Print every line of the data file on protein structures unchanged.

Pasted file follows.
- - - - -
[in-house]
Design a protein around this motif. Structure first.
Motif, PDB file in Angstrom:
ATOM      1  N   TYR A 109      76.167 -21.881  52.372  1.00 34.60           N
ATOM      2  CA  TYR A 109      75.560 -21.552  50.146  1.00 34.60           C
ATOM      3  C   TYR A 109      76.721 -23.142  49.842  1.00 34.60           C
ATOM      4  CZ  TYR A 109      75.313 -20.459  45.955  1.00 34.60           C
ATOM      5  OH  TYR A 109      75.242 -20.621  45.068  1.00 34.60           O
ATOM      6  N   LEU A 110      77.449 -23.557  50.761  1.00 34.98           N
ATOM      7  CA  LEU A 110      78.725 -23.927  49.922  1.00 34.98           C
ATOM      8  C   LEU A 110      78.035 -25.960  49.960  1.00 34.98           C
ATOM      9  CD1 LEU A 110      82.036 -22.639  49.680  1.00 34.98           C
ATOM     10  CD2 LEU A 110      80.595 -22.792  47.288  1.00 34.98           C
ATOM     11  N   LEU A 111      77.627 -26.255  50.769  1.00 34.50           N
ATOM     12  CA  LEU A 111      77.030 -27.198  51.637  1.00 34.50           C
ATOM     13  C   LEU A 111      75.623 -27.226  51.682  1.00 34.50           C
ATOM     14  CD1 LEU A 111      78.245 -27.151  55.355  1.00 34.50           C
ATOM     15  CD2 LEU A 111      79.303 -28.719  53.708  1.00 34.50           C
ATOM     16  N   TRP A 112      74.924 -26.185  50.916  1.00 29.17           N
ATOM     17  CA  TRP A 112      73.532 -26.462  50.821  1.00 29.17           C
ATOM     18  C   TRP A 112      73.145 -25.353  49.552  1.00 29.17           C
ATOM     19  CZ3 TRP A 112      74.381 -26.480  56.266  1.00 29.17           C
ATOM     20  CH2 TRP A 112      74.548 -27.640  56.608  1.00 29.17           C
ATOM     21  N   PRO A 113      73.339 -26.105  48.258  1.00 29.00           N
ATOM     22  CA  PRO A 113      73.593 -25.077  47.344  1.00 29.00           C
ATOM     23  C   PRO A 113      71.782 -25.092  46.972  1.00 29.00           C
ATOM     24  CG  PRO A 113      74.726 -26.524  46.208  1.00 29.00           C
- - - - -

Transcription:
[in-house]
Design a protein around this motif. Structure first.
Motif, PDB file in Angstrom:
ATOM      1  N   TYR A 109      76.167 -21.881  52.372  1.00 34.60           N
ATOM      2  CA  TYR A 109      75.560 -21.552  50.146  1.00 34.60           C
ATOM      3  C   TYR A 109      76.721 -23.142  49.842  1.00 34.60           C
ATOM      4  CZ  TYR A 109      75.313 -20.459  45.955  1.00 34.60           C
ATOM      5  OH  TYR A 109      75.242 -20.621  45.068  1.00 34.60           O
ATOM      6  N   LEU A 110      77.449 -23.557  50.761  1.00 34.98           N
ATOM      7  CA  LEU A 110      78.725 -23.927  49.922  1.00 34.98           C
ATOM      8  C   LEU A 110      78.035 -25.960  49.960  1.00 34.98           C
ATOM      9  CD1 LEU A 110      82.036 -22.639  49.680  1.00 34.98           C
ATOM     10  CD2 LEU A 110      80.595 -22.792  47.288  1.00 34.98           C
ATOM     11  N   LEU A 111      77.627 -26.255  50.769  1.00 34.50           N
ATOM     12  CA  LEU A 111      77.030 -27.198  51.637  1.00 34.50           C
ATOM     13  C   LEU A 111      75.623 -27.226  51.682  1.00 34.50           C
ATOM     14  CD1 LEU A 111      78.245 -27.151  55.355  1.00 34.50           C
ATOM     15  CD2 LEU A 111      79.303 -28.719  53.708  1.00 34.50           C
ATOM     16  N   TRP A 112      74.924 -26.185  50.916  1.00 29.17           N
ATOM     17  CA  TRP A 112      73.532 -26.462  50.821  1.00 29.17           C
ATOM     18  C   TRP A 112      73.145 -25.353  49.552  1.00 29.17           C
ATOM     19  CZ3 TRP A 112      74.381 -26.480  56.266  1.00 29.17           C
ATOM     20  CH2 TRP A 112      74.548 -27.640  56.608  1.00 29.17           C
ATOM     21  N   PRO A 113      73.339 -26.105  48.258  1.00 29.00           N
ATOM     22  CA  PRO A 113      73.593 -25.077  47.344  1.00 29.00           C
ATOM     23  C   PRO A 113      71.782 -25.092  46.972  1.00 29.00           C
ATOM     24  CG  PRO A 113      74.726 -26.524  46.208  1.00 29.00           C